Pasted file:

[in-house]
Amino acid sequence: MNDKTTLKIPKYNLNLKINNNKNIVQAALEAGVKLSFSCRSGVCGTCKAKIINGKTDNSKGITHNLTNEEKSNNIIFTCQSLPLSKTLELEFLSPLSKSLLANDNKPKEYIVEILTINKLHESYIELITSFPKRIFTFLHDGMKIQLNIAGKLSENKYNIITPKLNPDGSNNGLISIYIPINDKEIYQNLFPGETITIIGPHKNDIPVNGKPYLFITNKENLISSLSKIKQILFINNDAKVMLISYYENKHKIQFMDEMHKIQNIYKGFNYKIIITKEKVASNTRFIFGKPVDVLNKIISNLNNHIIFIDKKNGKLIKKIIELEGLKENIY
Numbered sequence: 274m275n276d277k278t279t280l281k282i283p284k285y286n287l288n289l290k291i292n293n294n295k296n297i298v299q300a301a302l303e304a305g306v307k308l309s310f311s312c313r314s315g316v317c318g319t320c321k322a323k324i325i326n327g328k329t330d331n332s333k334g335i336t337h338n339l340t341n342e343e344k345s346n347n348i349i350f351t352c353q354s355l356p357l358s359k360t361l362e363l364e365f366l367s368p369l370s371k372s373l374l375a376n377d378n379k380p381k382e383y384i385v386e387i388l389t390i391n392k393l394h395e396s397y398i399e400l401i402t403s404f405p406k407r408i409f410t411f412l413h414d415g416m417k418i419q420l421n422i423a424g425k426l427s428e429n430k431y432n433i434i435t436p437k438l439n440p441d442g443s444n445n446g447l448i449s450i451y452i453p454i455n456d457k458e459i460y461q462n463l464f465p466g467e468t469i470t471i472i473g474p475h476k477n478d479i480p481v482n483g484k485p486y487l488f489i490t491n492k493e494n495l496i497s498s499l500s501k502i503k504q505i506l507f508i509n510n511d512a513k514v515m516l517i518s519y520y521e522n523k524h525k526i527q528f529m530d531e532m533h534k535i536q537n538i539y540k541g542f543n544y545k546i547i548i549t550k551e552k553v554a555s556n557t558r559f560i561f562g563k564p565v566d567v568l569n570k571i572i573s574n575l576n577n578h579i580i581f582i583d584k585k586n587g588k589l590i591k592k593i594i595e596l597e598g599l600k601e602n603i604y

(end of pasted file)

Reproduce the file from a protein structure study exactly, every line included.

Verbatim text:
[in-house]
Amino acid sequence: MNDKTTLKIPKYNLNLKINNNKNIVQAALEAGVKLSFSCRSGVCGTCKAKIINGKTDNSKGITHNLTNEEKSNNIIFTCQSLPLSKTLELEFLSPLSKSLLANDNKPKEYIVEILTINKLHESYIELITSFPKRIFTFLHDGMKIQLNIAGKLSENKYNIITPKLNPDGSNNGLISIYIPINDKEIYQNLFPGETITIIGPHKNDIPVNGKPYLFITNKENLISSLSKIKQILFINNDAKVMLISYYENKHKIQFMDEMHKIQNIYKGFNYKIIITKEKVASNTRFIFGKPVDVLNKIISNLNNHIIFIDKKNGKLIKKIIELEGLKENIY
Numbered sequence: 274m275n276d277k278t279t280l281k282i283p284k285y286n287l288n289l290k291i292n293n294n295k296n297i298v299q300a301a302l303e304a305g306v307k308l309s310f311s312c313r314s315g316v317c318g319t320c321k322a323k324i325i326n327g328k329t330d331n332s333k334g335i336t337h338n339l340t341n342e343e344k345s346n347n348i349i350f351t352c353q354s355l356p357l358s359k360t361l362e363l364e365f366l367s368p369l370s371k372s373l374l375a376n377d378n379k380p381k382e383y384i385v386e387i388l389t390i391n392k393l394h395e396s397y398i399e400l401i402t403s404f405p406k407r408i409f410t411f412l413h414d415g416m417k418i419q420l421n422i423a424g425k426l427s428e429n430k431y432n433i434i435t436p437k438l439n440p441d442g443s444n445n446g447l448i449s450i451y452i453p454i455n456d457k458e459i460y461q462n463l464f465p466g467e468t469i470t471i472i473g474p475h476k477n478d479i480p481v482n483g484k485p486y487l488f489i490t491n492k493e494n495l496i497s498s499l500s501k502i503k504q505i506l507f508i509n510n511d512a513k514v515m516l517i518s519y520y521e522n523k524h525k526i527q528f529m530d531e532m533h534k535i536q537n538i539y540k541g542f543n544y545k546i547i548i549t550k551e552k553v554a555s556n557t558r559f560i561f562g563k564p565v566d567v568l569n570k571i572i573s574n575l576n577n578h579i580i581f582i583d584k585k586n587g588k589l590i591k592k593i594i595e596l597e598g599l600k601e602n603i604y